All items during the hearing were held open for action at a later date. The full agenda from the Subcommittee No. 1 hearing is available here. A video recording of the hearing is available here.

LAO Publishes Assessment of Public Health Infrastructure and Workforce Spending Plan

The Legislative Analyst’s Office (LAO) this week issued its assessment of the Newsom Administration’s proposal for public health foundational support, namely the Governor’s January Budget proposal to provide $300 million ongoing to state and local public health.

The LAO provides historical context and background of state funding into the California Department of Public Health (CDPH), as well as the series of needs exposed during the COVID-19 pandemic. The LAO report details the Governor’s proposed funding to state and local public health departments and the six-point plan to bolster the state’s public health infrastructure through staff recruitment and training, emergency response, information technology, communications, community partnerships, and community health.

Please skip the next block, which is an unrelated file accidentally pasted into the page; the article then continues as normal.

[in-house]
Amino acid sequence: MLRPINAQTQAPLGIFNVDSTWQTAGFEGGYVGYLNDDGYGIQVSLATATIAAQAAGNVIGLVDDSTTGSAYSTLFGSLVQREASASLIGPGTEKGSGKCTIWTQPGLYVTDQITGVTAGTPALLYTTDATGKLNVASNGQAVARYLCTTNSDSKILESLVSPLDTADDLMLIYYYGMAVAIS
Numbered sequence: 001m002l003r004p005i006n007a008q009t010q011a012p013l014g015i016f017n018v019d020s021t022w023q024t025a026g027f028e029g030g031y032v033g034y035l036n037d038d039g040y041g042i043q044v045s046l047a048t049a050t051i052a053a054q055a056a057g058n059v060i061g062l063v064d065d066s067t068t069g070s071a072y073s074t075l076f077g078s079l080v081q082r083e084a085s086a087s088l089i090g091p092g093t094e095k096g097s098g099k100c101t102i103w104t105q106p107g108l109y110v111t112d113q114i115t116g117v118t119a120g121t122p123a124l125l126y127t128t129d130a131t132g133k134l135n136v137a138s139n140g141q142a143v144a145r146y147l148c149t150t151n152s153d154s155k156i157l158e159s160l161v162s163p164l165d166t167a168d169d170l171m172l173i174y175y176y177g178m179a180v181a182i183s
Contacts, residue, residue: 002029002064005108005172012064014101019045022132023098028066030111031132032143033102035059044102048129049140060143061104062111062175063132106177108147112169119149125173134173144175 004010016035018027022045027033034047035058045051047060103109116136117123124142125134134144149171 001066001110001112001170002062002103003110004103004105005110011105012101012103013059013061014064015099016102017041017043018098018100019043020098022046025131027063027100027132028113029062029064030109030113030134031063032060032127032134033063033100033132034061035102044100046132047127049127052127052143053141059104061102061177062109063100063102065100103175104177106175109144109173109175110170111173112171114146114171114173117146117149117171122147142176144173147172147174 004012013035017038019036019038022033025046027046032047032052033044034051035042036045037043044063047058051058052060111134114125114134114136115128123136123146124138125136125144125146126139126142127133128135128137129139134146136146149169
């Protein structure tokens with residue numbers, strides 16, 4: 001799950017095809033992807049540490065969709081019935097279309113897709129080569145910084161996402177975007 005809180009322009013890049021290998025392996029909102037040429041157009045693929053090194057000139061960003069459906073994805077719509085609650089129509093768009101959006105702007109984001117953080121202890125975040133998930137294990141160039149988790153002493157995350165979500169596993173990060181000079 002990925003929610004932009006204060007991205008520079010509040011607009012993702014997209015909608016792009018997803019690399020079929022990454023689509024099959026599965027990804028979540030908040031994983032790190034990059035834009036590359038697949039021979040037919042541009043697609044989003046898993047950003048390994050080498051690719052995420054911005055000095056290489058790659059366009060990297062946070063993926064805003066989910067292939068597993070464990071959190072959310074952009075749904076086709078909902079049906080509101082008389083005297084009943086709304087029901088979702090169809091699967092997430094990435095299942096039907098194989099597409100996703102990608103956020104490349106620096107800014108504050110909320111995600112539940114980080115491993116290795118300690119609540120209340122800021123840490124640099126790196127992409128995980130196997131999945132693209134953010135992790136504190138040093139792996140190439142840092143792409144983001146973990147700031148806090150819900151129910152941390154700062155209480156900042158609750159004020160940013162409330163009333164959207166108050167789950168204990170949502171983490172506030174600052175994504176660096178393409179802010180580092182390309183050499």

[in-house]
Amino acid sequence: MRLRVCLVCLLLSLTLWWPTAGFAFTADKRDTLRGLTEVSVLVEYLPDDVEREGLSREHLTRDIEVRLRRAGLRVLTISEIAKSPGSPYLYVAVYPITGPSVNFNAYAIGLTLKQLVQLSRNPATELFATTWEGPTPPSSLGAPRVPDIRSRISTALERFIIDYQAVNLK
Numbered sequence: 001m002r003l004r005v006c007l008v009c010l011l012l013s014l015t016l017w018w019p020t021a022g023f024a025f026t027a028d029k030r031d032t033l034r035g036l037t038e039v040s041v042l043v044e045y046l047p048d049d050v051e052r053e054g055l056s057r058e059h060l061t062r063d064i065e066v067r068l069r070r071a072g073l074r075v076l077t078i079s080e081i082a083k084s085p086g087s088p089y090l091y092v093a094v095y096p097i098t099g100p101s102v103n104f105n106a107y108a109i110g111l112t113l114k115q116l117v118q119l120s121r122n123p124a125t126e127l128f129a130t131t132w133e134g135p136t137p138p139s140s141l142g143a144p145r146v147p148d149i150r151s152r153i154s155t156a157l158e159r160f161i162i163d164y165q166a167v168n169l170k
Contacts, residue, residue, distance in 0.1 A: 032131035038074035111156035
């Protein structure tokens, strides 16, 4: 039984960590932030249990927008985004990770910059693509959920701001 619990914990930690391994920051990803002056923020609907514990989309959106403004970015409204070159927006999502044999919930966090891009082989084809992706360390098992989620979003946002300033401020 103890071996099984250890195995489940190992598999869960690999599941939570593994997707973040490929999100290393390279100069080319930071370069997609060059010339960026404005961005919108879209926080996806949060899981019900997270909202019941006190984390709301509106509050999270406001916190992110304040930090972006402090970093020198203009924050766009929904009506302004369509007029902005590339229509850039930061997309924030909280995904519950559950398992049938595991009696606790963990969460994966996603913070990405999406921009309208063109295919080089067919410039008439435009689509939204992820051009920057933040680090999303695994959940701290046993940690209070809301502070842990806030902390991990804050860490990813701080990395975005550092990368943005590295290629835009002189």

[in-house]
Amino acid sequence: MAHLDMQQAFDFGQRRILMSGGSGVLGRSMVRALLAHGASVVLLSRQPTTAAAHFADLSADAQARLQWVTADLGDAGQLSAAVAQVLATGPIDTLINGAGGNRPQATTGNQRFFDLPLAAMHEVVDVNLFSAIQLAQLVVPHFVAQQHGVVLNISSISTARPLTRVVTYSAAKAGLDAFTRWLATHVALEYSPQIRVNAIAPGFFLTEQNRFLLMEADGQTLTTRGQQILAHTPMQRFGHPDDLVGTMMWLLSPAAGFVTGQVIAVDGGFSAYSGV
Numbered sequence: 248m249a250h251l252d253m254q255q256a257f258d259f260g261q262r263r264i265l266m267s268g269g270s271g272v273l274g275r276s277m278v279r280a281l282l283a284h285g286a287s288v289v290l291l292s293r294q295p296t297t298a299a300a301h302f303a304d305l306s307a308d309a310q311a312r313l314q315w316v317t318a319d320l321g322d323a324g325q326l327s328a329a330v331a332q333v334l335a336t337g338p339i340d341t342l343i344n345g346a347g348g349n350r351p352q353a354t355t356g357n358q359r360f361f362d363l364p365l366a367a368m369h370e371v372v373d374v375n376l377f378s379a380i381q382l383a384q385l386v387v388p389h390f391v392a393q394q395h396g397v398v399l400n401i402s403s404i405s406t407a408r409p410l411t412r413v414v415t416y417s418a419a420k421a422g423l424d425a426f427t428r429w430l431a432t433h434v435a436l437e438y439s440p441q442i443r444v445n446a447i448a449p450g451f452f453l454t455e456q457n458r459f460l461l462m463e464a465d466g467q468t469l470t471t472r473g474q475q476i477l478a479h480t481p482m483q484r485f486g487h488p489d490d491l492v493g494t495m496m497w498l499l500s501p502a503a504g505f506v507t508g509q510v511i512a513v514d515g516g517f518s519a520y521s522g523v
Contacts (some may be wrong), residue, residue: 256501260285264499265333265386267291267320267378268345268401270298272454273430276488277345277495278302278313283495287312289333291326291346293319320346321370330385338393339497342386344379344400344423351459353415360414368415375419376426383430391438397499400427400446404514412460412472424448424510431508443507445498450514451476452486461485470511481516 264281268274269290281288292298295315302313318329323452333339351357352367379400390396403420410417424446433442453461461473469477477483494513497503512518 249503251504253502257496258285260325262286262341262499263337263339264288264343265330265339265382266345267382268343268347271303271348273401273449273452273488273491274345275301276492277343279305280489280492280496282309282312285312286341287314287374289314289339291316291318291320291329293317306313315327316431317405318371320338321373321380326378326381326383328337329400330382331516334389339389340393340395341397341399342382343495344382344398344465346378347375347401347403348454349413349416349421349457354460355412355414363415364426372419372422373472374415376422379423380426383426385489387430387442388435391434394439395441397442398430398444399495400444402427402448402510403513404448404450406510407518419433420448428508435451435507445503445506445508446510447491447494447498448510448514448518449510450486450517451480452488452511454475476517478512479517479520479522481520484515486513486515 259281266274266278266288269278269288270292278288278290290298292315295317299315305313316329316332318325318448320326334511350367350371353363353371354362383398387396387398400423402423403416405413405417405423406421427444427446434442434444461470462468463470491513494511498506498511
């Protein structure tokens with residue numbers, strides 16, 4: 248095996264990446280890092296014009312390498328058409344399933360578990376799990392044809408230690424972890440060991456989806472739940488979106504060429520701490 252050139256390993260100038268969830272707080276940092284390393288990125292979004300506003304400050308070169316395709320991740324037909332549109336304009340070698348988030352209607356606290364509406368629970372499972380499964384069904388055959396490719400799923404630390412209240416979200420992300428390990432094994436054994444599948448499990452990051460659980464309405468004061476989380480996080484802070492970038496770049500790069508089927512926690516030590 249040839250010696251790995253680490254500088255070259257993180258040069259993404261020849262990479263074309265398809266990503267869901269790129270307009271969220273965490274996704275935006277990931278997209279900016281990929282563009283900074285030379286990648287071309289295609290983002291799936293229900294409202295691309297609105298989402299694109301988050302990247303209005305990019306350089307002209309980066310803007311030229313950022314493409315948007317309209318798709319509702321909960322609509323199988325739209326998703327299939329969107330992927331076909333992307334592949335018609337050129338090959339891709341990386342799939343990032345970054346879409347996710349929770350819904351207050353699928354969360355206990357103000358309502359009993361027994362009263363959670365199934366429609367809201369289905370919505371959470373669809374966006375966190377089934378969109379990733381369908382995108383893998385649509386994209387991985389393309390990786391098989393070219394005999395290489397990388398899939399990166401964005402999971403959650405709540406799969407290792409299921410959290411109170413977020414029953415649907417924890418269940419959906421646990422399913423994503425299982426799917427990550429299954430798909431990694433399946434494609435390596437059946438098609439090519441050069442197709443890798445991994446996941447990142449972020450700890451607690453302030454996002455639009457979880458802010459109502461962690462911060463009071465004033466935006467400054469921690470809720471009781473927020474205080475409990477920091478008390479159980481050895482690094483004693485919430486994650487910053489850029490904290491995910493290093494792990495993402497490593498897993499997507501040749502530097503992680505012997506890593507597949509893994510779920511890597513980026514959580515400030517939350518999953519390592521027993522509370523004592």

In its assessment of the Newsom Administration’s proposal, the LAO finds the Administration’s spending plan has many merits, including increasing real-time disease surveillance, coordinating regional epidemiological and communications activities, and improving strategic planning. However, the LAO identifies gaps in the Administration’s plan relative to creating a workforce pipeline, strengthening its statewide public health laboratory network, and laying out an overarching information technology strategy.